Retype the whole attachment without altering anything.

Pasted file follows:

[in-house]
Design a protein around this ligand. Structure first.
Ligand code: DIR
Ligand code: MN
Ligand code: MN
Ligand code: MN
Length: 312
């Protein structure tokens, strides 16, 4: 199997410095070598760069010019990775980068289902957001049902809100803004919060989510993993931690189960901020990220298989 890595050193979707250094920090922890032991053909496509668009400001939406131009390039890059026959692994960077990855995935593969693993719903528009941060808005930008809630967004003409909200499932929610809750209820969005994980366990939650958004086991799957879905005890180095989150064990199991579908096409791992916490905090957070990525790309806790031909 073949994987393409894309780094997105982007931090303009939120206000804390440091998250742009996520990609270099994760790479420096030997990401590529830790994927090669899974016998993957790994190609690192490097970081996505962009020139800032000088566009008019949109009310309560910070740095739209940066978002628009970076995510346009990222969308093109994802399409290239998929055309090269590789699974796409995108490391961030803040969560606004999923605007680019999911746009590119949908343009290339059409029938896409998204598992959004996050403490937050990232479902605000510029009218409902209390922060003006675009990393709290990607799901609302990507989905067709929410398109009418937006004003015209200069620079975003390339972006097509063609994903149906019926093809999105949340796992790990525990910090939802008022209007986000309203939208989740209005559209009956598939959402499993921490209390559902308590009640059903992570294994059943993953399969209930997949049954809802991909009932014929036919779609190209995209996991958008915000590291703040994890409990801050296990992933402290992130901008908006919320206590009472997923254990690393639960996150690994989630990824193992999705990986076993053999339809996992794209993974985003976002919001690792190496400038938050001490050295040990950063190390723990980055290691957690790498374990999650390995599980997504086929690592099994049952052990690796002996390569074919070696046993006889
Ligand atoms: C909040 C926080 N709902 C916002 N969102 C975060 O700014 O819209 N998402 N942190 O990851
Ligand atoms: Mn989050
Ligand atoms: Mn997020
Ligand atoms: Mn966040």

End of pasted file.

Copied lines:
[in-house]
Design a protein around this ligand. Structure first.
Ligand code: DIR
Ligand code: MN
Ligand code: MN
Ligand code: MN
Length: 312
């Protein structure tokens, strides 16, 4: 199997410095070598760069010019990775980068289902957001049902809100803004919060989510993993931690189960901020990220298989 890595050193979707250094920090922890032991053909496509668009400001939406131009390039890059026959692994960077990855995935593969693993719903528009941060808005930008809630967004003409909200499932929610809750209820969005994980366990939650958004086991799957879905005890180095989150064990199991579908096409791992916490905090957070990525790309806790031909 073949994987393409894309780094997105982007931090303009939120206000804390440091998250742009996520990609270099994760790479420096030997990401590529830790994927090669899974016998993957790994190609690192490097970081996505962009020139800032000088566009008019949109009310309560910070740095739209940066978002628009970076995510346009990222969308093109994802399409290239998929055309090269590789699974796409995108490391961030803040969560606004999923605007680019999911746009590119949908343009290339059409029938896409998204598992959004996050403490937050990232479902605000510029009218409902209390922060003006675009990393709290990607799901609302990507989905067709929410398109009418937006004003015209200069620079975003390339972006097509063609994903149906019926093809999105949340796992790990525990910090939802008022209007986000309203939208989740209005559209009956598939959402499993921490209390559902308590009640059903992570294994059943993953399969209930997949049954809802991909009932014929036919779609190209995209996991958008915000590291703040994890409990801050296990992933402290992130901008908006919320206590009472997923254990690393639960996150690994989630990824193992999705990986076993053999339809996992794209993974985003976002919001690792190496400038938050001490050295040990950063190390723990980055290691957690790498374990999650390995599980997504086929690592099994049952052990690796002996390569074919070696046993006889
Ligand atoms: C909040 C926080 N709902 C916002 N969102 C975060 O700014 O819209 N998402 N942190 O990851
Ligand atoms: Mn989050
Ligand atoms: Mn997020
Ligand atoms: Mn966040």